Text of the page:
Already it is evident that this goes way beyond Barclays and Libor. About 20 banks, including our own dear RBS, are being investigated by national authorities in several jurisdictions and the likelihood of widespread market rigging being uncovered is high.
The academics contend that these inquiries are likely to follow the usual British course of pin-pointing a few scapegoats and punishing them. If they are big wealthy names, such as Bob Diamond of Barclays, there may be much public satisfaction and not a little bit of political preening.
But, they say, scapegoating is not enough. The problem is a “structurally rotten system” protected by political elites under which society as a whole is suffering. The total fine levied on Barclays – £290 million – may look huge, but it is equivalent to just 13 days’ worth of profits.
The heart of the argument for protecting financial services is that it is Britain’s economic engine. TheCityUK, the PR arm of financial services, says that in 2010, financial services accounted for 10 per cent of UK GDP, 11 per cent of tax revenues, and directly employed just over 1 million people.
But this is an illusory gain, the CRESC academics contend, and ignores the huge costs it has imposed on taxpayers. During the financial bubble in the early 2000s, they note: “After the bubble burst, the immediate bail-out costs to the taxpayer in 2008-9 were larger than the taxes paid by the whole financial sector in the five years up to 2006-07.
“The finance sector created no new net jobs because in 2007, as in 1992, finance employed just one million.”
Since 2008, they continue, “the Treasury and Bank of England have tried to keep the banks going through a mix of tight fiscal policy (public expenditure cuts) and ultra-loose monetary policy (zero interest rates and quantitative easing). This means austerity for the masses and a system of bank welfarism for the rich.”
It could be added that the working rich of London finance are enriched still further by a para-finance elite of lawyers and accountants busy devising schemes by which they can avoid paying taxes, adding still further to the costs on the rest of us.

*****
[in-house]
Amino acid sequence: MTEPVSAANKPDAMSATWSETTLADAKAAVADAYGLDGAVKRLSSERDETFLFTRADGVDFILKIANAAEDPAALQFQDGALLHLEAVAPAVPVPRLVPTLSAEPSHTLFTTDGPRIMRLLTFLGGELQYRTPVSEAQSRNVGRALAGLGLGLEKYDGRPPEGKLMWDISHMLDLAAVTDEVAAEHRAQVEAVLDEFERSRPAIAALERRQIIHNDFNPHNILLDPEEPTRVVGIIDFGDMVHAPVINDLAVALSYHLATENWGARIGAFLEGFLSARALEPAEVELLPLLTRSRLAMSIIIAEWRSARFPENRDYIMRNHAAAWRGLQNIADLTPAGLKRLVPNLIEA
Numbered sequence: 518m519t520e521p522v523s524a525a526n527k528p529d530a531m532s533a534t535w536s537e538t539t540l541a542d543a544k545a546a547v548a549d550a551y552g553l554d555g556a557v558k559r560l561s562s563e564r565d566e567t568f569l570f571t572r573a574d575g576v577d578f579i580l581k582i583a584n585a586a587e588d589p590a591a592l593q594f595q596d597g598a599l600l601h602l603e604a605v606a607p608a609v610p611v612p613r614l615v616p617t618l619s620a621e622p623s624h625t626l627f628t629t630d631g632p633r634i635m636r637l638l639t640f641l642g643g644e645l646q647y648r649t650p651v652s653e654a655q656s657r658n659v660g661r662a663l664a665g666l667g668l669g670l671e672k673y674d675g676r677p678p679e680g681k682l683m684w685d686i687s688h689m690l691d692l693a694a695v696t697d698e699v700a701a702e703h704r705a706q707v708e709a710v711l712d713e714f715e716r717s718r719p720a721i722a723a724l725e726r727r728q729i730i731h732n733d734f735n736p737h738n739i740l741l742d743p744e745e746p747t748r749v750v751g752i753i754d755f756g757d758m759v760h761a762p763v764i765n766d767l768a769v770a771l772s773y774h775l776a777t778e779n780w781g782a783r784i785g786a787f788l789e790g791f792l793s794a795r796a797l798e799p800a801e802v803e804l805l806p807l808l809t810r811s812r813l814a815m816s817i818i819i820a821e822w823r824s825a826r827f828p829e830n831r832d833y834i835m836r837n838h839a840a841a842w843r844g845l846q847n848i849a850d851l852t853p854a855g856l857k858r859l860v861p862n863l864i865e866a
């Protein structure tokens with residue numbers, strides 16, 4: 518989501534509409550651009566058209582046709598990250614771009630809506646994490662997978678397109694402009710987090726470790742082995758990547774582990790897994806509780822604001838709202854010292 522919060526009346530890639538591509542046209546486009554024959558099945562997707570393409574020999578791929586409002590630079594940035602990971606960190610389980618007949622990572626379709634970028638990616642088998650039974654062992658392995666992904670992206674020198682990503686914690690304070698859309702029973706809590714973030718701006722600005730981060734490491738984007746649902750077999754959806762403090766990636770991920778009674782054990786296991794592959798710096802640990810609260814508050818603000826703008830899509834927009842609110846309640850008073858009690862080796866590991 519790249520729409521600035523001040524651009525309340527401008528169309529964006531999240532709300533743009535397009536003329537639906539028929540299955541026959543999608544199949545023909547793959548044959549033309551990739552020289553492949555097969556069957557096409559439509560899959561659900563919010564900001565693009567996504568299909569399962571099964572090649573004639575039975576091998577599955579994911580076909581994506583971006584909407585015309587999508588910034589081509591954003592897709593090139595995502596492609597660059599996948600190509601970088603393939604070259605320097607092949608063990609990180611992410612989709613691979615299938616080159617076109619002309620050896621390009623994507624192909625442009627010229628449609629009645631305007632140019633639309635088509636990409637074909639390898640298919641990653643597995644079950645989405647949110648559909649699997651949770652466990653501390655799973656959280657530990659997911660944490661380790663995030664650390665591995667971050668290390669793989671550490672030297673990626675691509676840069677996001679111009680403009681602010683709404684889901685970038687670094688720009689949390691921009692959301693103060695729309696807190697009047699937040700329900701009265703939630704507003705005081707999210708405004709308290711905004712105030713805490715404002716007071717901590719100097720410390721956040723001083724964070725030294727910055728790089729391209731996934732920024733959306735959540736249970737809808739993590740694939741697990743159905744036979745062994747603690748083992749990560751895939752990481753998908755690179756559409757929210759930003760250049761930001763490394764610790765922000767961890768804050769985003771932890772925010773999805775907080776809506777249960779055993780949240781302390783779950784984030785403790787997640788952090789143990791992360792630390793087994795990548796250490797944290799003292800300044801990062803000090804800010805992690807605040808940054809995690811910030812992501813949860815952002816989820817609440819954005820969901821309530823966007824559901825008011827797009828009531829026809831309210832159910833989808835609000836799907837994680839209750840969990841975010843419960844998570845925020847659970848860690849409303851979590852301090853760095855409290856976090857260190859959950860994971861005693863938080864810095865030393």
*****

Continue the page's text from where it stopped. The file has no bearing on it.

The conclusion is clear: it is time for major reform. Here are some of the CRESC prescriptions. Retail banking, on which we depend, has to be completely split from investment banking, which we don’t need and should be shrunk. Bonuses should be severely restricted, particularly the use of compensation ratios which are used to pay investment bankers a proportion of the revenues they earn.
New ownership models such as mutual ownership, which reduce the incentive for banks to engage in risky or corrupt practices because of the high returns demanded by shareholders, should be forced by the government. A financial transaction tax should be introduced, both to raise revenue to pay off the debts created by bank failure, and to reduce the volume of trading activity.
Killing the goose that laid golden eggs? No, because a few got the eggs and everybody else paid for them. Radical reform is needed before a few revolutionaries and a lot of otherwise rational people start thinking about baseball bats.
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Friday 24 May 2013